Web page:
Ecosystem-Based Management, sometimes referred to as EBM, is a planning tool. It helps guide decisions on where to place development such as roads, buildings, trails, beaches etc., while also considering the long and short term impacts to the environment. It also looks at how development effects not just the surrounding environment, but also the upstream and downstream environment. EBM helps remind us to take the big picture view when we do work in our State Parks.
New York State Parks’ Environmental Management Bureau has been implementing Ecosystem-Based Management (EBM) in our parks statewide since 2008.
EBM relies on citizen participation, partnerships, science-based approaches, and taking a long-term view to provide an informed and adaptive approach to protecting our ecosystems while providing park patrons with experiences that connect them to the natural world.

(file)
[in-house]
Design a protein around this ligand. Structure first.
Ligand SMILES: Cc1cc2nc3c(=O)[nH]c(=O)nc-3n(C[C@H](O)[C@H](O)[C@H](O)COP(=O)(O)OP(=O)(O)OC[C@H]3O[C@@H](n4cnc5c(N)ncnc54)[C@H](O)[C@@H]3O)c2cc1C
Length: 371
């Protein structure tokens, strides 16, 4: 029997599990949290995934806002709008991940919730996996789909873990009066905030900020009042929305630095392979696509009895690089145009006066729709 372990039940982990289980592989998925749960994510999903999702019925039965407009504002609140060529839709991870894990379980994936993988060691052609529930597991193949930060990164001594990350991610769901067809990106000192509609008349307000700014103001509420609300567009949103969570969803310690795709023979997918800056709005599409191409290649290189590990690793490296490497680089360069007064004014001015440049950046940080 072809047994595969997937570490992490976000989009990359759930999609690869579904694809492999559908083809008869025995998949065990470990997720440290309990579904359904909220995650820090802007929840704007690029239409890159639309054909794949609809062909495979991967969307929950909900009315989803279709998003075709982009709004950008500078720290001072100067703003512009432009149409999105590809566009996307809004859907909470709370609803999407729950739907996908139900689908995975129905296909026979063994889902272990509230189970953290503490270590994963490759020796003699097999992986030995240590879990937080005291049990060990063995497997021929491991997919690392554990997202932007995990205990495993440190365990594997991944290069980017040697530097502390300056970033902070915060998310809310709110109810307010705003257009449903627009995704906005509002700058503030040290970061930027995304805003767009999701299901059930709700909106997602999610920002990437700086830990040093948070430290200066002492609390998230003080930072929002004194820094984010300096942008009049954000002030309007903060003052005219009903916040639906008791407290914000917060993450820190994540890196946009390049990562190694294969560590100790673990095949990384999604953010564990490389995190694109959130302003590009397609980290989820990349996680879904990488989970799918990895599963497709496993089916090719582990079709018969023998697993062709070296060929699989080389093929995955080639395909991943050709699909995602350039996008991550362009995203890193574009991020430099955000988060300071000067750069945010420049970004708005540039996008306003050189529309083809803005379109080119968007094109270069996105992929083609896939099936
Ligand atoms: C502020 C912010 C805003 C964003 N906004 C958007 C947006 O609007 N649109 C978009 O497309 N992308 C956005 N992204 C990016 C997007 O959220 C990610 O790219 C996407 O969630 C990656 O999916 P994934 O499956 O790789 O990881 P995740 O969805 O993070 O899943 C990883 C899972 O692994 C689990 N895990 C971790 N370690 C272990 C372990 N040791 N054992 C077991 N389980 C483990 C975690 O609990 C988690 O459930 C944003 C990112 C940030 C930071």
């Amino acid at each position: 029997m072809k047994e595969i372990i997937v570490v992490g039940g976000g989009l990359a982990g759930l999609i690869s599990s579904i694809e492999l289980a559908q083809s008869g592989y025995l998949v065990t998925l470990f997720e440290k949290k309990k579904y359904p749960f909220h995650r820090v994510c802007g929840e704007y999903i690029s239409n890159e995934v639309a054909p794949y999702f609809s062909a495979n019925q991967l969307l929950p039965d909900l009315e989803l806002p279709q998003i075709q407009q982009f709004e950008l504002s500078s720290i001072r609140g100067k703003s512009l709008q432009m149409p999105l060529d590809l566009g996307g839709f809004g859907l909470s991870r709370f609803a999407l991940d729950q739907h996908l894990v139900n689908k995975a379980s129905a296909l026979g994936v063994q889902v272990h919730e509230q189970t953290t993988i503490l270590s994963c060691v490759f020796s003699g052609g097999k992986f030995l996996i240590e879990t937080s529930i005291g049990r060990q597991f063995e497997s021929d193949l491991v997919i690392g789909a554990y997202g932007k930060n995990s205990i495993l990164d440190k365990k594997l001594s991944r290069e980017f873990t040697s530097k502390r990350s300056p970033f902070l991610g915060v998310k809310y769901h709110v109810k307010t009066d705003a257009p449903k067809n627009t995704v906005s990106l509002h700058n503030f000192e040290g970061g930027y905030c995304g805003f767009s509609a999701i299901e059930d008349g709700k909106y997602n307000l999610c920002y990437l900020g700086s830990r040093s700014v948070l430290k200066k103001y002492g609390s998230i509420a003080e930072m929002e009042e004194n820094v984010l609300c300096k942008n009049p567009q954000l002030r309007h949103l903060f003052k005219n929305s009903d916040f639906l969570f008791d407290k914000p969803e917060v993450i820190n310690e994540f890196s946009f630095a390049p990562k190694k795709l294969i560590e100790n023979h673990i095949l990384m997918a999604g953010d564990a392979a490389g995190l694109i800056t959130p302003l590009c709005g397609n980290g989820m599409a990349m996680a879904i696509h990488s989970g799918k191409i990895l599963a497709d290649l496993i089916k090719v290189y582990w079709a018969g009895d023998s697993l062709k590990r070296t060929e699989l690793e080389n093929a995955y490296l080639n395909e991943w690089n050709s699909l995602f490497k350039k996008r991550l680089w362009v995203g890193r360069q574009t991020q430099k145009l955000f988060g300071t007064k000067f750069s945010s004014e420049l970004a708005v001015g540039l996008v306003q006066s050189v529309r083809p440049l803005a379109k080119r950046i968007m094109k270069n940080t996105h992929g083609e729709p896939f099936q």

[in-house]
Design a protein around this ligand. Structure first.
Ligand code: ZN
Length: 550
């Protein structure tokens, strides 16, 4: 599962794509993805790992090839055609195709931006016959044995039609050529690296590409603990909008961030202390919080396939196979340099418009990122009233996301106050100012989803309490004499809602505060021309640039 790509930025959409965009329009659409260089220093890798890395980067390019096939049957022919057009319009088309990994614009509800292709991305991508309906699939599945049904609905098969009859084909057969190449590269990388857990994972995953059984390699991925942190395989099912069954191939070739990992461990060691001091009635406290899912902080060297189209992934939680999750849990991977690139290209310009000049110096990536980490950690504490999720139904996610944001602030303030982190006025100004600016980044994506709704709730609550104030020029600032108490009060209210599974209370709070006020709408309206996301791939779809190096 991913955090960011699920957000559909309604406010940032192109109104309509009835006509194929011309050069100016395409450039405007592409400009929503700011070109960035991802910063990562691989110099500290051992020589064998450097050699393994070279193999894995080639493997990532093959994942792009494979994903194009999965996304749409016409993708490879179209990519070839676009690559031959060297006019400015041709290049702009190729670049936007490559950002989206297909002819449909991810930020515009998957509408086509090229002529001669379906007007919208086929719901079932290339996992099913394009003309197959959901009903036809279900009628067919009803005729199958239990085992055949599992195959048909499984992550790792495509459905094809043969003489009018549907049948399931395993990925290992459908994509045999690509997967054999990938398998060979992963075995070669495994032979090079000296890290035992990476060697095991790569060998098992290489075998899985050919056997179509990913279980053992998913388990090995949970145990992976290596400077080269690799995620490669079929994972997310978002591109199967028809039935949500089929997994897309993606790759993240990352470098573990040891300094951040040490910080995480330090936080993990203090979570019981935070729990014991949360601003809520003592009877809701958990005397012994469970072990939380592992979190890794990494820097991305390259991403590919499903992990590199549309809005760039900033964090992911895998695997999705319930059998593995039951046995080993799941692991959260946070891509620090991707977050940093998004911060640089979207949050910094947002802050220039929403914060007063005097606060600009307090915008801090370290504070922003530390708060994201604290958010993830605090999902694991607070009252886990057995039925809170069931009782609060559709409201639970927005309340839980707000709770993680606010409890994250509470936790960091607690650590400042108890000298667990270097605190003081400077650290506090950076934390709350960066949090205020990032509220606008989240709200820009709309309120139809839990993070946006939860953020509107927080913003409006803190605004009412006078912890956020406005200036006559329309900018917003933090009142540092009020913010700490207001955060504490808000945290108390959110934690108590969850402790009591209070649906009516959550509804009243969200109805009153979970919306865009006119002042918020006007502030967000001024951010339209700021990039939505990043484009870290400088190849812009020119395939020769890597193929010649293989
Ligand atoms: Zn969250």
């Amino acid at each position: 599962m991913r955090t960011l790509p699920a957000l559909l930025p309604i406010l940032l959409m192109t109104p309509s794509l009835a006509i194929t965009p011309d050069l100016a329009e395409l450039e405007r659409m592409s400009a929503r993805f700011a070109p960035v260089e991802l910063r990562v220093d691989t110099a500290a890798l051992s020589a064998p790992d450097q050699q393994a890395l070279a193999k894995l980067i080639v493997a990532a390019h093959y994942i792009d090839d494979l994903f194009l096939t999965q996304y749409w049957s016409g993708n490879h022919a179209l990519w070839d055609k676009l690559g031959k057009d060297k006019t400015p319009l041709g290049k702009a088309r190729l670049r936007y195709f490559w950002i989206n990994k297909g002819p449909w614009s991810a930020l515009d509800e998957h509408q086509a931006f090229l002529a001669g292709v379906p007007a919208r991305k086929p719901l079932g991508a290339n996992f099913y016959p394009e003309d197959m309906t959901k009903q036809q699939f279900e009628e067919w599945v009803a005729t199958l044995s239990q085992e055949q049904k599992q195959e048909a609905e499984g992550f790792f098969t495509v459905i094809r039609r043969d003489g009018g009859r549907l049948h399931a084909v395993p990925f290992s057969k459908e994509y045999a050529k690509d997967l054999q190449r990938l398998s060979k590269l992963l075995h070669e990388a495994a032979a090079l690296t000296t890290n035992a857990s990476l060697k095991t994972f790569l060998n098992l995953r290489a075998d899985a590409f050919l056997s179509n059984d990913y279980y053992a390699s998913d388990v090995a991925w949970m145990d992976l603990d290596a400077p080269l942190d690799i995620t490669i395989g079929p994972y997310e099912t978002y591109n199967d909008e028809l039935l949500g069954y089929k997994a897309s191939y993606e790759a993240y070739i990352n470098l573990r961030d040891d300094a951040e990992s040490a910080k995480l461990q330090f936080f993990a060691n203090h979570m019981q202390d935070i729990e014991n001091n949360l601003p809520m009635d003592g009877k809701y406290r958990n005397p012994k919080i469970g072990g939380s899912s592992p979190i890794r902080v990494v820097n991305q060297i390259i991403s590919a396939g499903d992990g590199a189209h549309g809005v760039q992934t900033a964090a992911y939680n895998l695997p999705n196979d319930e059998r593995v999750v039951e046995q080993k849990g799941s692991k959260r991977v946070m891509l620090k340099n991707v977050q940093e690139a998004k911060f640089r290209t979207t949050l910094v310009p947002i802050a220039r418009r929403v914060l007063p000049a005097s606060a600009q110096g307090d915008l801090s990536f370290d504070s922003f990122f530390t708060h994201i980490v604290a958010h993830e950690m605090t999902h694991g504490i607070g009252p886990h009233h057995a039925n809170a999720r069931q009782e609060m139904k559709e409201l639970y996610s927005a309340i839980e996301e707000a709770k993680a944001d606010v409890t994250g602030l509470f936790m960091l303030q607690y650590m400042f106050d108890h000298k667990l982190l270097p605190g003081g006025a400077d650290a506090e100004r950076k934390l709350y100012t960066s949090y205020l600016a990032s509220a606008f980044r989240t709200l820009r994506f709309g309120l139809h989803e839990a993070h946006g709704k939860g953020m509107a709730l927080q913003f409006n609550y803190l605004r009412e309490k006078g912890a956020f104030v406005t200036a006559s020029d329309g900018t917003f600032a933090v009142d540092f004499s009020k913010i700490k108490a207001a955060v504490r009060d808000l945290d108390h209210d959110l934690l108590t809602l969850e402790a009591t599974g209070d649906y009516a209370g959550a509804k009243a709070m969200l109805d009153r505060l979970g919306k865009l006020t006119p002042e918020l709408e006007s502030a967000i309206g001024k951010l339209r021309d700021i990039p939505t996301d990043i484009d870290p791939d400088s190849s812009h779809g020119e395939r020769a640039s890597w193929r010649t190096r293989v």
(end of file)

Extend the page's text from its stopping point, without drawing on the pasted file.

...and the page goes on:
There are 6 main components to EBM. These include:
Scientific foundations used for decision-making;
Measurable management objectives to direct and evaluate performance;
Adaptive management to respond to new knowledge;
Recognition of interconnections within and among ecosystems; and,
Involvement of stakeholders.
Taking this approach allows us to look at interacting systems, like watersheds, rather than individual components, such as a specific plant or animal or isolated water quality parameters. NYS Parks has used this approach to help better understand, protect and manage our resources, such as swimming beaches, lake water quality, forest health, species richness, and aquatic connectivity.
In addition to helping us look at our natural environment in a more integrated way, EBM provides a means to communicate with multiple stakeholders including citizens, scientists, the private sector and government officials.